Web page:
City leaders, promote public transit and more shared streets

Bicyclists ride in the bike lanes on Milwaukee Avenue near California Avenue in Logan Square, Sept. 14, 2020.

Ashlee Rezin/Sun-Times

Every day, tens of thousands of suburban residents drive cars to Chicago for our city’s cultural attractions, civic institutions, jobs and more. Those cars degrade the streets, air, safety and mobility of the people who live in Chicago. 

So while we applaud the desire to have visitors help support the infrastructure they enjoy, the recent proposal from mayoral candidate Brandon Johnson to tax suburban Metra users will only drive more people into cars, further degrading residents’ quality of life. Instead of erecting barriers to public transportation, we must encourage Chicagoans and visitors to park their cars and use mass transit.  

Perpetually clogged streets, soaring traffic crashes, sickening pollution and mounting deaths and injuries are the result of a decades-long love affair with personal cars. Since 2018, over 1.2 million people — the equivalent to nearly half of Chicago’s population — have been in a traffic crash. In 2022, over 200,000 people were involved in one of the 100,000 traffic crashes that occurred in Chicago. (City Traffic Data was analyzed for these statistics.)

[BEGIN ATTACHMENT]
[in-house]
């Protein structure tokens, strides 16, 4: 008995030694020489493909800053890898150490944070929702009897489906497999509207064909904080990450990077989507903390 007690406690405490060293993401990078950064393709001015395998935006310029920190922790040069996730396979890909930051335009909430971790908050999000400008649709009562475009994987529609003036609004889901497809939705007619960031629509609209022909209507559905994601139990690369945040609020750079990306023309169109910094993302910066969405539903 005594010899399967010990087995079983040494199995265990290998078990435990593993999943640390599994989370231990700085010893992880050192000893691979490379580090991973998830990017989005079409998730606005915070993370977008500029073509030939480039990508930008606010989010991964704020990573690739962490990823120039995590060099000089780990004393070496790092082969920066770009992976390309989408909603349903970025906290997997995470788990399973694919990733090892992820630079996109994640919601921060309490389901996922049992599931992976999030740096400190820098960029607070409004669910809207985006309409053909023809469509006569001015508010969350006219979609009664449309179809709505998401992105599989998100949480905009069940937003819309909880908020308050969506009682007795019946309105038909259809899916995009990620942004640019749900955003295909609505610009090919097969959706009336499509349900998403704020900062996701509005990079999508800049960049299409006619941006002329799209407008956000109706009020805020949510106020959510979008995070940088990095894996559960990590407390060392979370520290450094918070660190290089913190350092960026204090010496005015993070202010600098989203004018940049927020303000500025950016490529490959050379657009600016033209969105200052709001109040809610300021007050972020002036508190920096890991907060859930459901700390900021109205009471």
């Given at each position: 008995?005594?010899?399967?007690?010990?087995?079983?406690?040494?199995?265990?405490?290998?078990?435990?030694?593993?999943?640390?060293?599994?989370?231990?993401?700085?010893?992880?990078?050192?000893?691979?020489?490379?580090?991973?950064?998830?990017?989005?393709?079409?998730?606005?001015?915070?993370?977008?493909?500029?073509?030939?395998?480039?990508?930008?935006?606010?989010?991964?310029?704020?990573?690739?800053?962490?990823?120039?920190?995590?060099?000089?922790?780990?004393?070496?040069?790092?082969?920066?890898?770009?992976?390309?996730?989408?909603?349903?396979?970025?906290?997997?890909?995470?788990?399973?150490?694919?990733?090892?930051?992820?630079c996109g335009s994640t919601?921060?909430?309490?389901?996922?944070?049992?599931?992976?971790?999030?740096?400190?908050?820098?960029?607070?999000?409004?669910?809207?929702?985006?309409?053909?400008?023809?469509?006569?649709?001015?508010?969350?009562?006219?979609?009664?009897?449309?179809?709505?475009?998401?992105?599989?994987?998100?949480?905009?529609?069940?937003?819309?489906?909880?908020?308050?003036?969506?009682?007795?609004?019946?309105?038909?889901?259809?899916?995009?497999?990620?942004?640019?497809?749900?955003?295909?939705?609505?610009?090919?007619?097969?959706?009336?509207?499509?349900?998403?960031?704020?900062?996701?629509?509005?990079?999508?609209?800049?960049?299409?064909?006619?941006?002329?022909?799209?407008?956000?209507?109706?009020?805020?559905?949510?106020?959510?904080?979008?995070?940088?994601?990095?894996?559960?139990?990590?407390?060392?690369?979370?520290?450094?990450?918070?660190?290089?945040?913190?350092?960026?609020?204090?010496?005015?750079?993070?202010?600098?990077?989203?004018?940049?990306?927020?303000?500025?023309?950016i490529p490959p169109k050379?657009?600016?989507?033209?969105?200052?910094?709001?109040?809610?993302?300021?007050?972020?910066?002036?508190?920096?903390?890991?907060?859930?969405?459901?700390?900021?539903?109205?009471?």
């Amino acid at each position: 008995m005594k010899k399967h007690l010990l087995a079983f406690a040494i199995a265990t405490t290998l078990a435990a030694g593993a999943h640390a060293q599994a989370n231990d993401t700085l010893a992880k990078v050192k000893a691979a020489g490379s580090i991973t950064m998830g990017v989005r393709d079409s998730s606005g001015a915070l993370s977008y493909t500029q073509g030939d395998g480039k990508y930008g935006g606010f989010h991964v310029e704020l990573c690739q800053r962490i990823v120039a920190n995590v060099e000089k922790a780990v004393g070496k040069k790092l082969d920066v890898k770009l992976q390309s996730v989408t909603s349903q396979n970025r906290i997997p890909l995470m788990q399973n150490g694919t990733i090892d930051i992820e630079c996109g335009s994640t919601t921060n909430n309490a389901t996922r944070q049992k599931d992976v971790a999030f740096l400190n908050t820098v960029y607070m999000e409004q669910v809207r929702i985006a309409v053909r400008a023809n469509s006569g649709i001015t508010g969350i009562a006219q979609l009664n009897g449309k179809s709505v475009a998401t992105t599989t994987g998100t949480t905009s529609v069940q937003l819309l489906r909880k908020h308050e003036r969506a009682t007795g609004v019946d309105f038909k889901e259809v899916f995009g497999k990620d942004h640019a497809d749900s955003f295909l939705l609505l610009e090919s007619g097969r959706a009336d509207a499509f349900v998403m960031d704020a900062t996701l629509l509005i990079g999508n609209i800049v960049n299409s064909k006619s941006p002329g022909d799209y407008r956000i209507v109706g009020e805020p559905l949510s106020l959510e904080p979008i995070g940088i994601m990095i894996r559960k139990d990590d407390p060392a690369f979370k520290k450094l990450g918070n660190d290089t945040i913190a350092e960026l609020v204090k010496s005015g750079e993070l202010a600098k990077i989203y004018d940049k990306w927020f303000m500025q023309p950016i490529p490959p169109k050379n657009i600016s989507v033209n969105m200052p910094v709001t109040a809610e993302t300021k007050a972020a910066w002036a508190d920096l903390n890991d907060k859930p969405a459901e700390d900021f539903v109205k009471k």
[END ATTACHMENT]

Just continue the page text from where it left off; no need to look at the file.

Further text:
The high number of crashes not only results in millions of dollars in damages, they also injure and kill hundreds of people simply trying to travel through the city. In 2022, over 150 people were killed by traffic violence.

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To get suburban visitors to support the infrastructure that they use, consider a congestion tax on drivers coming into the city, particularly downtown. Many cities have successfully implemented congestion taxes, unclogging streets, boosting transit use and raising revenue all at the same time.

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Walking and rolling

Surely, there is much to be done to rebuild our anemic public transit systems, historically among the best in the nation, and a recent poll conducted by WBEZ underscores public frustration with CTA cleanliness, reliability and safety. Many of those interviewed have abandoned the system because it no longer serves their needs. Rebuilding transit will require building cleaner, safer and more reliable systems, but city leaders must also discourage residents from driving. This is especially true for short trips.

For these shorter trips, it is crucial that Chicago develop a system of shared streets. The Chicago Department of Transportation successfully rolled out dozens of shared streets during the pandemic. Before the program was shuttered, nearly 55% of people wanted to see Shared Streets expanded. Our vision at Chicago Bike Grid Now! is to designate 10% of the city’s 4,500 miles of streets as a shared street system that prioritizes people walking and rolling (on wheels) over those in …read more

Source:: Chicago Sun Times

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